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Leadership Today - Practical Tips For Leaders

Mar 17, 2019


Working 9 to 5 may not be the best way for everyone to maximise their productivity. In this episode we look at the science of chronotypes, and how leaders can use our natural sleep/wake cycles to get the best out of their people.



Hello and welcome to episode 29 of the Leadership Today Podcast where each week we tackle one of today’s biggest leadership challenges. Today we are talking about chronotypes and the perils of working 9 to 5.

As you wade into research about patterns in daily productivity, focus and sleep, you find a wealth of information, often confusing and sometimes contradictory. So let’s start with the basics. Chronotypes are used to categorise people based on their sleep/wake cycles across a 24 hour period. There are three main chronotypes - morning, intermediate and evening types. These follow a normal distribution, so 50% of people are classed as intermediate types. But even these intermediate types can have a preference towards morning or evening.

Your chronotype impacts when you best exercise, concentrate, eat and sleep - it’s not just a learned preference, it has a biological basis. Hormones are part of that biological basis. For example, the hormone melatonin starts being produced in greater levels by the pineal gland as a person approaches sleep, it peaks during the night, and then more rapidly declines towards waking time. Another hormone, cortisol, follows an opposing pattern - rising as morning approaches, peaking later in the morning, then tapering off towards evening. Cortisol is typically classed as a stress hormone, and you’ve probably only heard bad things about it. But, in moderation, it has a number of positive benefits relating to concentration, energy levels, and positive mood.

Peaks in melatonin typically vary by around four hours between morning and evening types.  A morning type could have a melatonin level at 7pm that an evening type doesn’t reach until 11pm. Some research has even seen ranges in melatonin peaks of up to ten hours. You can imagine the impact of forcing morning and evening types to go to sleep or wake at the same time. Yet so often our business hours are a compromise between these two types - 9 to 5.

I’m definitely a morning person, and that has become even clearer now I have greater flexibility over my day. This morning preference has also become more pronounced as I age, but more on that soon.

In contrast, I remember a participant on a leadership program with a quite different chronotype to me. She really struggled with the program’s 8.30am start time, which was an hour earlier than when she usually got to work. She wasn’t particularly sharp in the morning. While others were asking questions and engaging in activities, this participant took a while to warm up. However, at the very point when most people were fading in the afternoon, this person came into their own - they were asking questions, engaging with activities and were much more physically animated.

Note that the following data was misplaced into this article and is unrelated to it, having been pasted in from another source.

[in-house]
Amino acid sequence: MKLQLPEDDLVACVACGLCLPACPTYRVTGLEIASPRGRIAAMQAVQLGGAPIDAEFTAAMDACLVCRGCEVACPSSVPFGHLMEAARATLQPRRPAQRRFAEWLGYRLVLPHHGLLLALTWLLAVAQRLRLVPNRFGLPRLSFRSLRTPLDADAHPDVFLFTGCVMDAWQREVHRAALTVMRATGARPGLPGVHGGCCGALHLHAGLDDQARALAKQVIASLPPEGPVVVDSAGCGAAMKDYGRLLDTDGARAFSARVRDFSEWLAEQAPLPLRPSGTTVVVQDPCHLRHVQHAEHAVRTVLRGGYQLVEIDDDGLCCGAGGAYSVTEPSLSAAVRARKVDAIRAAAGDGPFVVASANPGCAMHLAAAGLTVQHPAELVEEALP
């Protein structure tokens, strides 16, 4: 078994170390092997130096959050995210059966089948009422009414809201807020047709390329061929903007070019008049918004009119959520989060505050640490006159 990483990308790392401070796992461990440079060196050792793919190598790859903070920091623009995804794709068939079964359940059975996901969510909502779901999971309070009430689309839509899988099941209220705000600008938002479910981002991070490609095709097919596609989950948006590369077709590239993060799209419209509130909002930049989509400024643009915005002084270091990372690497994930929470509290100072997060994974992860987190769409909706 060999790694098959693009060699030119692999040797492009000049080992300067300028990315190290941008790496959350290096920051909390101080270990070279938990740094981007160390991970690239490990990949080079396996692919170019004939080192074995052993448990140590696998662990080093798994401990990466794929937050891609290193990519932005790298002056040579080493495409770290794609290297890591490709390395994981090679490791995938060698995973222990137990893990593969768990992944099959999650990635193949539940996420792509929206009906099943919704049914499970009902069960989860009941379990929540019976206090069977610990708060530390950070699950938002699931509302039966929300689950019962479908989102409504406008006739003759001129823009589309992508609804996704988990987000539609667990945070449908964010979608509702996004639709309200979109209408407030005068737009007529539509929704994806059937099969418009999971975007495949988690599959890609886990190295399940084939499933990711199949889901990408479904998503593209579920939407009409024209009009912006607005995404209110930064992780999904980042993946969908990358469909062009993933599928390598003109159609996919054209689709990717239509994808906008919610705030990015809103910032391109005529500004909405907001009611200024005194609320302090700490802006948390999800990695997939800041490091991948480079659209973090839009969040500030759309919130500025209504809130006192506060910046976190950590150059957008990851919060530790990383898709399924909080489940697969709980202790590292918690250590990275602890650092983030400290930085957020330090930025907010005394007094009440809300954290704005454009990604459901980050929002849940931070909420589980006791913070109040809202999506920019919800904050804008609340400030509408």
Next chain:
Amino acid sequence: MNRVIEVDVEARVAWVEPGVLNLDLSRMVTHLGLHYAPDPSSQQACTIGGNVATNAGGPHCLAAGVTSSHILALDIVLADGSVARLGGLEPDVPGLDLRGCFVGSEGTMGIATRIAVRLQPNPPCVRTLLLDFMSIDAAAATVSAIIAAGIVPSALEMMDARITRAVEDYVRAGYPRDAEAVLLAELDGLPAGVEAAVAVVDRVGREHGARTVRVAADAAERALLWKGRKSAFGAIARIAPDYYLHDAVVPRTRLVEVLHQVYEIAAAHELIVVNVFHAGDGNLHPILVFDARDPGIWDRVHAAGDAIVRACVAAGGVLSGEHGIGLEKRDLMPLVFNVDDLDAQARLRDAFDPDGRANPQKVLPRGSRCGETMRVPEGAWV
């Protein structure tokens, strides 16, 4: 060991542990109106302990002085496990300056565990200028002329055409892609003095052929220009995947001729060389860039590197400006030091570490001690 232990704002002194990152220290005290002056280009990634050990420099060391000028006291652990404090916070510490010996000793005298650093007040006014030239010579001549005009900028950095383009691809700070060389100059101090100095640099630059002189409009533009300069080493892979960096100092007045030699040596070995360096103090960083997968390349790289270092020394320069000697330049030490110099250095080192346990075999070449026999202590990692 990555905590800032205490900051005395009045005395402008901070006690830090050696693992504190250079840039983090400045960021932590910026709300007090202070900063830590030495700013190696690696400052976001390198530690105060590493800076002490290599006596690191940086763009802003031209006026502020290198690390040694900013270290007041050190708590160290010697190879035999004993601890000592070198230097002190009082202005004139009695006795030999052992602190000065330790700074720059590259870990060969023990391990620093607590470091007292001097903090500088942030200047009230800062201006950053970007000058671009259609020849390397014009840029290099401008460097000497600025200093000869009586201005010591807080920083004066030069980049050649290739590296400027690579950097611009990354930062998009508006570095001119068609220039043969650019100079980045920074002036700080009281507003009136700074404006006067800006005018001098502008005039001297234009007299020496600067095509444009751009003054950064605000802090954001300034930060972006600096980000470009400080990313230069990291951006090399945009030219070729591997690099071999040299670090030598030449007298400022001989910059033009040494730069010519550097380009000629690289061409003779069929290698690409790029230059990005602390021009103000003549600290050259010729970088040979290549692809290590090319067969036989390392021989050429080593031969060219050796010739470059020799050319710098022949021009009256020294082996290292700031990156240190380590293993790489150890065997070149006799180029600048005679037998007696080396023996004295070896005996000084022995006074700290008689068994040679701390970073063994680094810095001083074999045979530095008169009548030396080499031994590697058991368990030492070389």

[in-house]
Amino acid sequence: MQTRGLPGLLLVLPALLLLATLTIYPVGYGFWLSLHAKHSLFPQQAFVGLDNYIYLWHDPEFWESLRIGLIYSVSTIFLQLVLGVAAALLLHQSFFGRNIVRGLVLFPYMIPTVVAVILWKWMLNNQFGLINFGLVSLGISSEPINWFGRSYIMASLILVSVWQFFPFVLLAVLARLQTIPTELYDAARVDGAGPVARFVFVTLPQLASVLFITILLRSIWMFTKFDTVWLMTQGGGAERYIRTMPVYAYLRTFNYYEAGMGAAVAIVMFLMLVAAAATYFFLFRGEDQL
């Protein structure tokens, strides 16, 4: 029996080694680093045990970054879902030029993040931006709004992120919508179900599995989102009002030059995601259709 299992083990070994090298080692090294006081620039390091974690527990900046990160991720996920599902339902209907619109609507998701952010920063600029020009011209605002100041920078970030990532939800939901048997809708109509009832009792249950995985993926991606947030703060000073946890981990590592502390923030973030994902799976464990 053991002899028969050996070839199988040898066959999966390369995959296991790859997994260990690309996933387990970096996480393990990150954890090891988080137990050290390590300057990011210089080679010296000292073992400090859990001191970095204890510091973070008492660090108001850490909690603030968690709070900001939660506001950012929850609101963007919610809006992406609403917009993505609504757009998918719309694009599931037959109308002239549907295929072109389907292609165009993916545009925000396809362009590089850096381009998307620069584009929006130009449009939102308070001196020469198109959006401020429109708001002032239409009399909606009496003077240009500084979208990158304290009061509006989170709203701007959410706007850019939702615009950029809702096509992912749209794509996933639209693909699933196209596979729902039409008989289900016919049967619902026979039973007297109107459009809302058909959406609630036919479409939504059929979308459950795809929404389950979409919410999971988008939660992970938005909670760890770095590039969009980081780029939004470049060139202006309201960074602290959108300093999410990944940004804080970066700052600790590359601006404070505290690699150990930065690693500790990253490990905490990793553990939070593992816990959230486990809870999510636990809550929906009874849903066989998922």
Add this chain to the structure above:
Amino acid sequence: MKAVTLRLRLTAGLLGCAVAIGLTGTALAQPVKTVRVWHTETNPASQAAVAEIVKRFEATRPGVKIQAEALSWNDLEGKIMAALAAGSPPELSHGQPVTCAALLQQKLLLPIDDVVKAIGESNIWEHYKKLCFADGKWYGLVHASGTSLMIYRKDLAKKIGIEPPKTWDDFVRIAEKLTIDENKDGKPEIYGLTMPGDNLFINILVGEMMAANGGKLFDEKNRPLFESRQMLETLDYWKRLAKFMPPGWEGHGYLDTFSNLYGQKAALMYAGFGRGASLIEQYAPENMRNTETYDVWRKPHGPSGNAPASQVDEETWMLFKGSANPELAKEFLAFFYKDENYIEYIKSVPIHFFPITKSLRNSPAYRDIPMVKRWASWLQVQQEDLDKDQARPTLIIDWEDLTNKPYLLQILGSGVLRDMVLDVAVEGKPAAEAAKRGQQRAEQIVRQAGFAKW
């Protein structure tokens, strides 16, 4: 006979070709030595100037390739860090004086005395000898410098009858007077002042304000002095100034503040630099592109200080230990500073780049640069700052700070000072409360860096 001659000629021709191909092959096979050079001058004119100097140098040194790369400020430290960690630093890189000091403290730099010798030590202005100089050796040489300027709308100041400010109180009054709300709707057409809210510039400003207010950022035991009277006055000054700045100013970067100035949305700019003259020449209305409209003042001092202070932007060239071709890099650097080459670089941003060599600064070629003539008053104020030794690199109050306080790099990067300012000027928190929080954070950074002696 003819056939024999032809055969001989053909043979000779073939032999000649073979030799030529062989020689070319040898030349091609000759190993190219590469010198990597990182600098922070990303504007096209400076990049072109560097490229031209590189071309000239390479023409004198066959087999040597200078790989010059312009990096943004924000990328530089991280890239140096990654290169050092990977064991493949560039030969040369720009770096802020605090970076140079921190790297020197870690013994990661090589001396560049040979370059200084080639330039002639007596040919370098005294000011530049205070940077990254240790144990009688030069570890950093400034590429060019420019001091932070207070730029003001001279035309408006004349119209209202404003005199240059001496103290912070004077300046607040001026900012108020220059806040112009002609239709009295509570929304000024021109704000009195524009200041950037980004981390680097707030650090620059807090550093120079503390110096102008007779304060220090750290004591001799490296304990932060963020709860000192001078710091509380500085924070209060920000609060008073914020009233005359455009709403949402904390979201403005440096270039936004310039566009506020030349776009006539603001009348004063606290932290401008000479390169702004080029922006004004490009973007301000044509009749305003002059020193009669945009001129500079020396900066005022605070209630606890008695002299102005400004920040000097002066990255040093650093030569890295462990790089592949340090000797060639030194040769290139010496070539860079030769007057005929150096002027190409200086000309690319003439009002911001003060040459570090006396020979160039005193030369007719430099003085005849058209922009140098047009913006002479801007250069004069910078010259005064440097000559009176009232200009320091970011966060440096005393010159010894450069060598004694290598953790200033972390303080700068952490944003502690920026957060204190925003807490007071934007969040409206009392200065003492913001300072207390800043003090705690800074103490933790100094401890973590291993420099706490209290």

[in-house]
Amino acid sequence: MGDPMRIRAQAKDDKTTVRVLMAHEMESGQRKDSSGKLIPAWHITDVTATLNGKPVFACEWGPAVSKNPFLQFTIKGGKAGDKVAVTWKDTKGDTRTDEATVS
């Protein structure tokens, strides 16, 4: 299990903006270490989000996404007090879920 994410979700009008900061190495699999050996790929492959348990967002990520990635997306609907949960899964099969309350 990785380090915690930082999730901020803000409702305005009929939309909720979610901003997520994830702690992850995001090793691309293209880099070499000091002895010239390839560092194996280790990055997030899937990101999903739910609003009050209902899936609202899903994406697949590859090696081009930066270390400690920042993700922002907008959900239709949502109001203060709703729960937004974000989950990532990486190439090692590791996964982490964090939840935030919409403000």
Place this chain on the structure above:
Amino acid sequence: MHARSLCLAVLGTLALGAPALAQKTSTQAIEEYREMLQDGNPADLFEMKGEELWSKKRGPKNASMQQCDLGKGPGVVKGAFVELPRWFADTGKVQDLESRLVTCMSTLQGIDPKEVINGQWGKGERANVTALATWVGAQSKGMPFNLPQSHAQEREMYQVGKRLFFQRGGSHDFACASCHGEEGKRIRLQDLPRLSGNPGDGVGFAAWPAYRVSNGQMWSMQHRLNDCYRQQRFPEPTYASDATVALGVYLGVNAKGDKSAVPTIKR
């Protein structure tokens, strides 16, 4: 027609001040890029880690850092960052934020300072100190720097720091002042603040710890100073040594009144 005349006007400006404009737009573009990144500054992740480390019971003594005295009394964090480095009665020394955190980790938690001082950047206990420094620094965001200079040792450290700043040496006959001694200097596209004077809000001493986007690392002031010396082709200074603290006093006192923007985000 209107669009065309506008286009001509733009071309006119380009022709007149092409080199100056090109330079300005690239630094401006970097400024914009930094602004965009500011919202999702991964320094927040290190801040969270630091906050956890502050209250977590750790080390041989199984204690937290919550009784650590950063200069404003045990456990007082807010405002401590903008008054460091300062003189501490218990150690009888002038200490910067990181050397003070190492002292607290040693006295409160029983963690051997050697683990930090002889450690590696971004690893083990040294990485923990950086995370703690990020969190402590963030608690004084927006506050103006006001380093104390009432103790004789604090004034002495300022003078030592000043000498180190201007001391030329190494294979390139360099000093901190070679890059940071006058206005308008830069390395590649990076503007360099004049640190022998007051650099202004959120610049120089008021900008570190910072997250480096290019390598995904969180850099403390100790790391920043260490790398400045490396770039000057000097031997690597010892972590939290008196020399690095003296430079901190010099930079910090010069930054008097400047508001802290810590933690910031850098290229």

During a break I asked what her perfect work day would look like if she had absolute freedom to choose. It turns out her perfect work day would be 11am to 7.30pm. In fact she had even suggested these work hours to her manager. This would allow her to get up around 9.30am, and still have time to get to the gym before work. But most of her fellow team members were working 8.30am to 5pm, and her manager thought an 11am start would be too extreme. They ended up negotiating a compromise of 9.30am to 6pm, but it was common for her to work an extra hour or two at the end of the agreed work day when she felt particularly sharp and focused. Interestingly she did work her preferred hours when she worked from home - no one noticed any difference and she felt great. I wonder how much those compromised hours are costing her and the business.

The impact of having people working outside their preferred hours is much like crossing time zones - having to wake consistently earlier, or later than our natural biological rhythms. This wreaks havoc on our bodies and health. Even one hour shifts for daylight saving changes mess with our biological clocks, and you can even see the impact of that in mental health and crime statistics.